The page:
Surviving cancer is worthy of praise and applause because you did it! You beat cancer, one of the most life-threatening diseases in the world.
As a cancer survivor, your next step is to thrive. Simply “surviving,” which most dictionaries define as “continuing to live or exist, mostly in the face of hardship” is not enough. You deserve to reintegrate back into society, live your best life, and thrive.
Here’s how you can thrive after cancer.
- Don’t let your fear of cancer returning control you
Many survivors struggle with post-traumatic stress and concerns about cancer recurrence. Even long after completing treatment, survivors face emotional battles of fear and anxiety.
The emotional turmoil associated with cancer, even after beating it, can be overwhelming and almost inevitable unless you are mentally strong enough to shift your perspective and keep your emotions in check. The bottom line, however, is that you need to overcome your fears in order to thrive in remission.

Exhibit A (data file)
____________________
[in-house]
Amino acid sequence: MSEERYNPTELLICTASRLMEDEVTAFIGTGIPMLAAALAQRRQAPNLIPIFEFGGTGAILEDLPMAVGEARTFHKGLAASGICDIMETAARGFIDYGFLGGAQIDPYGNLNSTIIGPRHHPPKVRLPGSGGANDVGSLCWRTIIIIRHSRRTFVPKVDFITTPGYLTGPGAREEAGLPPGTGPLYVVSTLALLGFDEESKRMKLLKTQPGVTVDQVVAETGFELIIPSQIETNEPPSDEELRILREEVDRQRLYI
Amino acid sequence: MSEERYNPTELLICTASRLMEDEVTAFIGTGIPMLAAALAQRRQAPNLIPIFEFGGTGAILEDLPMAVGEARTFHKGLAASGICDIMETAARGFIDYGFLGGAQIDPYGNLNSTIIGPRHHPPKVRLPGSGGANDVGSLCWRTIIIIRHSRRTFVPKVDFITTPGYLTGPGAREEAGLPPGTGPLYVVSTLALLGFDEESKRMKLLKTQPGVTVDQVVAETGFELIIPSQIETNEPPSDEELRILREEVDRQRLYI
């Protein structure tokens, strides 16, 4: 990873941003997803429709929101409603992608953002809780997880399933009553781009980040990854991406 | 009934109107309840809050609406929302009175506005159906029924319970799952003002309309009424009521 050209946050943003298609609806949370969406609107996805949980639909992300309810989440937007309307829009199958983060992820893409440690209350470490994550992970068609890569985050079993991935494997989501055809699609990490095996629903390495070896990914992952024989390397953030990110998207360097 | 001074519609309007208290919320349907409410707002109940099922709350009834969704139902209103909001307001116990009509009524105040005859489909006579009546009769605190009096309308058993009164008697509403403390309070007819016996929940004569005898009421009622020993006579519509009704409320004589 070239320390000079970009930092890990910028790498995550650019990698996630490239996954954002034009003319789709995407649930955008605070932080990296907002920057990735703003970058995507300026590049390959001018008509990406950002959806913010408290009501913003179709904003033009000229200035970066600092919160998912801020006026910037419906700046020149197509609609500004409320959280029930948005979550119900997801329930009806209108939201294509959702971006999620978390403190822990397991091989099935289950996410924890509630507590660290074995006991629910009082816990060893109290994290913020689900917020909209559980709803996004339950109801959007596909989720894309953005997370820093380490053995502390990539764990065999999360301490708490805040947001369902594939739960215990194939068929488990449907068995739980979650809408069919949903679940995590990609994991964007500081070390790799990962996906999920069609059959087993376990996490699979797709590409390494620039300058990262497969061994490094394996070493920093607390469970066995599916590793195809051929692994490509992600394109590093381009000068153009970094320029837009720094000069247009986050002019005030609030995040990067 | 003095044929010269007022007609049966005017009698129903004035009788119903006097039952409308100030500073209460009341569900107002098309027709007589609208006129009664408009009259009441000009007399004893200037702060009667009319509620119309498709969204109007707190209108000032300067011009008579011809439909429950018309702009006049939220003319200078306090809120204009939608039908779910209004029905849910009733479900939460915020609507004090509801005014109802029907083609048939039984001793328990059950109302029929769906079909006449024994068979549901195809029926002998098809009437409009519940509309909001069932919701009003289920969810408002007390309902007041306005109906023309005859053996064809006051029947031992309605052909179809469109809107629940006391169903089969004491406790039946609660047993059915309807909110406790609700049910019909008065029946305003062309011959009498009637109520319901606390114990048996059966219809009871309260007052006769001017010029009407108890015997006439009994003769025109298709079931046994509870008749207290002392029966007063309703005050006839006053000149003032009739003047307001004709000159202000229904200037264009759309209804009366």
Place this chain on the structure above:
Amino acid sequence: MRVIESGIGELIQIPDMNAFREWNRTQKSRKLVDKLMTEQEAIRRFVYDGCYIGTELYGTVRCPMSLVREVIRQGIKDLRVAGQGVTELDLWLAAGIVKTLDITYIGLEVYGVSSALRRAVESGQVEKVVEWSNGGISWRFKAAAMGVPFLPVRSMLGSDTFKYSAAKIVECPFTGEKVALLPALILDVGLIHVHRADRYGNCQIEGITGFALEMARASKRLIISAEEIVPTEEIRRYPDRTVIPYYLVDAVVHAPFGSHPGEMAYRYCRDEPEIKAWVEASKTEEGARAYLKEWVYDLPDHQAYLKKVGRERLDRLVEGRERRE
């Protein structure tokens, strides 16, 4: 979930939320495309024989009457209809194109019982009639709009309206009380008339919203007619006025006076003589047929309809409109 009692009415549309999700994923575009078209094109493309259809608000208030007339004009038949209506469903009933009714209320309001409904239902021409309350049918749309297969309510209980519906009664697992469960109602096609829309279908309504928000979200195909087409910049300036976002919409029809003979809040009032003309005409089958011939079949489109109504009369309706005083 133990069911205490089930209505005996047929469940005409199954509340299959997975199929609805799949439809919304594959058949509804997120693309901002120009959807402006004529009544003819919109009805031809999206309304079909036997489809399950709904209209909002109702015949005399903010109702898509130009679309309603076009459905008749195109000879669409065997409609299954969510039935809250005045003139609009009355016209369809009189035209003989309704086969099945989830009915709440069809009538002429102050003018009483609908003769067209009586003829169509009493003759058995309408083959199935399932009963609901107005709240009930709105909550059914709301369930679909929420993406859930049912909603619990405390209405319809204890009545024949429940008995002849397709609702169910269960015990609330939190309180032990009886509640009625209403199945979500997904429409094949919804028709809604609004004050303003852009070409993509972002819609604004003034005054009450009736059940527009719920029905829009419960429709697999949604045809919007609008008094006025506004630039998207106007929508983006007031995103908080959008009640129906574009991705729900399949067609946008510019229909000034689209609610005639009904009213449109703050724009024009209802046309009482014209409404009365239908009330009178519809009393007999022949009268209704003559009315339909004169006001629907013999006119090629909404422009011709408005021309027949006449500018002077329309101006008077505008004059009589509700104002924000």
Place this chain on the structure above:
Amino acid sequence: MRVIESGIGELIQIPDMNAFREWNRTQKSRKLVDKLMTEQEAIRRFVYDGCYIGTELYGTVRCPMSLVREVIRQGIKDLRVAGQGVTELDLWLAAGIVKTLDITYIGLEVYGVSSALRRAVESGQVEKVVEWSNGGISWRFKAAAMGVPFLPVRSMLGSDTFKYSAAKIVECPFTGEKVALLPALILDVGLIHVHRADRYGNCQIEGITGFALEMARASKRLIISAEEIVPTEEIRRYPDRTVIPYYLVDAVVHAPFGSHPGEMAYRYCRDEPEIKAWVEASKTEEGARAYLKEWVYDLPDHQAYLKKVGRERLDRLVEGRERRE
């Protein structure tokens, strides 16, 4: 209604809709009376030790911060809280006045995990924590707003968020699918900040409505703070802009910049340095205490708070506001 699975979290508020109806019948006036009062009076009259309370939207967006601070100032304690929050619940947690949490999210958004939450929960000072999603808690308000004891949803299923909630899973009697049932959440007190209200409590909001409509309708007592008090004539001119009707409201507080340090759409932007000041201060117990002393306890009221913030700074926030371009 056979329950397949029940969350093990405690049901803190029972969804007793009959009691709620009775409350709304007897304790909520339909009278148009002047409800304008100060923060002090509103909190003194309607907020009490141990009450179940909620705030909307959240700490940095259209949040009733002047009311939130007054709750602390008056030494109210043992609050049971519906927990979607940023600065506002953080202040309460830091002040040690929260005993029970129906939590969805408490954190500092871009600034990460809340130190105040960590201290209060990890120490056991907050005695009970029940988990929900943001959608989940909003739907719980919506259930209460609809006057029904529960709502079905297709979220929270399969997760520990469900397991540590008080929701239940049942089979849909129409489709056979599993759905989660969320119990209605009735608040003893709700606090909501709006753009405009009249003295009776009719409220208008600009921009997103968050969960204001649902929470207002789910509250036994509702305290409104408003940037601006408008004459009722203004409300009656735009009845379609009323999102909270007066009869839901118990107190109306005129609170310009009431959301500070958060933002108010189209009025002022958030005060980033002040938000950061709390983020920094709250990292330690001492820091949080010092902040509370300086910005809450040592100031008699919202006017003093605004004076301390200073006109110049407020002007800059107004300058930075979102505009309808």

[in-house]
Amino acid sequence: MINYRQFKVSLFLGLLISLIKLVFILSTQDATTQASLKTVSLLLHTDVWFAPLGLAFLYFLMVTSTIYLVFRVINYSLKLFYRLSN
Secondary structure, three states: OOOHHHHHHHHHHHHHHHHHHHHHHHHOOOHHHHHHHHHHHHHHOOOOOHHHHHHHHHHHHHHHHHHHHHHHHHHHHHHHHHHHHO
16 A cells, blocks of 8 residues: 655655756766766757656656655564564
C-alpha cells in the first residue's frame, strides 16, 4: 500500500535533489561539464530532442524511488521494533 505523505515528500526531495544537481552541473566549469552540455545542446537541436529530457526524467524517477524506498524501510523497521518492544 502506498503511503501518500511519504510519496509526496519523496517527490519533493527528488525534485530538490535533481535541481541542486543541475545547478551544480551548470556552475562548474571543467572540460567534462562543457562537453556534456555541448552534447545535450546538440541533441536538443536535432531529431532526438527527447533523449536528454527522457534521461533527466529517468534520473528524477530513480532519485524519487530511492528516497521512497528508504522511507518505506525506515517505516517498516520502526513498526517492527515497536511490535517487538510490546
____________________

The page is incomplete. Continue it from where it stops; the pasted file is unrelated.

Talking to your doctor about every health concern you have may help you cope and eventually move on to the chapter of your life. For example, your doctor may schedule you for routine tests and check-ups, helping you feel more at ease about the state of your health.
Seeing a counselor or mental health professional can also help you find ways to manage cancer-related PTS or PTSD.
- Take your physical therapy sessions seriously
Physical therapy has a crucial role in cancer recovery, as many patients experience limitations such as immobility in survivorship. Physical limitations can make life dull or unexciting. Being dedicated to treatment sessions and working closely with your physical therapist can help you function closer to how you did before your diagnosis and allow you to live life like cancer never happened. As long as your will is strong, nothing is impossible.
- Introduce yourself to a new hobby
Doing something you enjoy can help you relax and forget about your worries, even if it’s only for a short while. If you’re not physically strong enough or greenlit by your doctor to run, garden, lift weights, or resume some of your favorite activities, you can always try something new.